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The group notes the importance of lab CLIA certification, clear test reports, and clinical validity support for test claims in the literature, guidelines, and FDA labels.

As NGS testing becomes more widespread, labs, payors, and professional groups confront questions about which genes should be required as part of clinical assays.

The organizations provided a list of genes they believe are informative in treatment of myeloid disorders and suggested several changes to the coverage policy.

The organization continues to support direct access genetic testing for healthcare decision making, while remaining neutral on recreational, novelty, lifestyle, and ancestry genetic testing.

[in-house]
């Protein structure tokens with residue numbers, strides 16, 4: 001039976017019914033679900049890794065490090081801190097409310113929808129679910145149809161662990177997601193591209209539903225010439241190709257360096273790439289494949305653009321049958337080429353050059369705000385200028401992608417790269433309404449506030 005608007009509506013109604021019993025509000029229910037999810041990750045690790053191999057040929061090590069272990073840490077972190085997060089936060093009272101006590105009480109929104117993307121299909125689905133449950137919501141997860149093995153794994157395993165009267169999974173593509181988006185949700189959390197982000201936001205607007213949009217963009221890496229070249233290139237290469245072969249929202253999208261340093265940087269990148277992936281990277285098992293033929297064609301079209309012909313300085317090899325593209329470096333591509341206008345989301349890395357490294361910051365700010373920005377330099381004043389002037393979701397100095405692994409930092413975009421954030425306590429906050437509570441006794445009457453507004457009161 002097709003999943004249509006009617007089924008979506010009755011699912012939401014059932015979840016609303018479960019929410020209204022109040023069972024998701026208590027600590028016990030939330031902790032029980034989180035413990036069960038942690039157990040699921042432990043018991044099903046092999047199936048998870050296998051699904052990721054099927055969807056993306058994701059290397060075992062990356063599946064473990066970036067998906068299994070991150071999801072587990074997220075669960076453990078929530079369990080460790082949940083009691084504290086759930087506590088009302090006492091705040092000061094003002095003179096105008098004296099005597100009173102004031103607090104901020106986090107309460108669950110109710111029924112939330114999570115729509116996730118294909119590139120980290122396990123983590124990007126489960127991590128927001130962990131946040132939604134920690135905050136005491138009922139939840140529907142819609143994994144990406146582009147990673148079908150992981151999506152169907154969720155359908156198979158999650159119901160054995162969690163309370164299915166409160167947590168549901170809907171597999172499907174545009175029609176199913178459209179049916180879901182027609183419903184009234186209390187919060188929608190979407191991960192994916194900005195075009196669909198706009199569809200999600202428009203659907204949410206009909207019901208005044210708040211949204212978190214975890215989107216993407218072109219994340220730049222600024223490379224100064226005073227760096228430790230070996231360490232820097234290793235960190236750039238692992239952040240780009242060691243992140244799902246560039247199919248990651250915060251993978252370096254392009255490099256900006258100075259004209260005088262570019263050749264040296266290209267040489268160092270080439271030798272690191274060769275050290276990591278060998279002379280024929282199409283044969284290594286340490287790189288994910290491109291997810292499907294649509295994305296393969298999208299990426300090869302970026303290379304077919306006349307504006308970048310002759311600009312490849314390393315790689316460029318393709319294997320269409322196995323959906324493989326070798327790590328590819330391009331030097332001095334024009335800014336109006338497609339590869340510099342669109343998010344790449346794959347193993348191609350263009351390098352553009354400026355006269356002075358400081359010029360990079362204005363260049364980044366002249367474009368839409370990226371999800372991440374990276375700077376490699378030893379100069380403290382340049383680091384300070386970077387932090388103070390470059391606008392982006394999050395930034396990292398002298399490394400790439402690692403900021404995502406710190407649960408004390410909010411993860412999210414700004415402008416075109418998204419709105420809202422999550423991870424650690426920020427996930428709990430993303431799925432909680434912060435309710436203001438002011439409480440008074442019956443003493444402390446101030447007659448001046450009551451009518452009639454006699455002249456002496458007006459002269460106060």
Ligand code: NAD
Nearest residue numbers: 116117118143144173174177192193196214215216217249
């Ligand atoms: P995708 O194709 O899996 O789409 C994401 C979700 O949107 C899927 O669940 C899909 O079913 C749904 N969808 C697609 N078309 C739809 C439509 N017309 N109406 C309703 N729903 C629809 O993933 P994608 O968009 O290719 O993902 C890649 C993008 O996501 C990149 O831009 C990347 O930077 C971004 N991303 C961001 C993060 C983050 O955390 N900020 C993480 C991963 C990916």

The guidelines provide recommendations for what CYP2C9 variant alleles should be included in clinical pharmacogenomic tests assessing that gene.

A draft bill provides for a major expansion of eligible material, a move the ACLU and AMP said threatens to reduce competition in genetic testing.

At issue are updates to CMS' guidance instructing labs to report single HCPCS/CPT codes even in cases where a procedure produces multiple reportable results.

The diversity of the organizations that have signed the letter to CMS demonstrates widespread concern over this policy.

The authors of CAP's practical framework for NGS testing of inherited disorders see it as a baseline for future efforts to standardize NGS testing.

In a letter to CMS, AMP made a case for crosswalking existing CPT codes for BRCA1/2 testing to codes that more accurately reflect the work required to analyze these genes.

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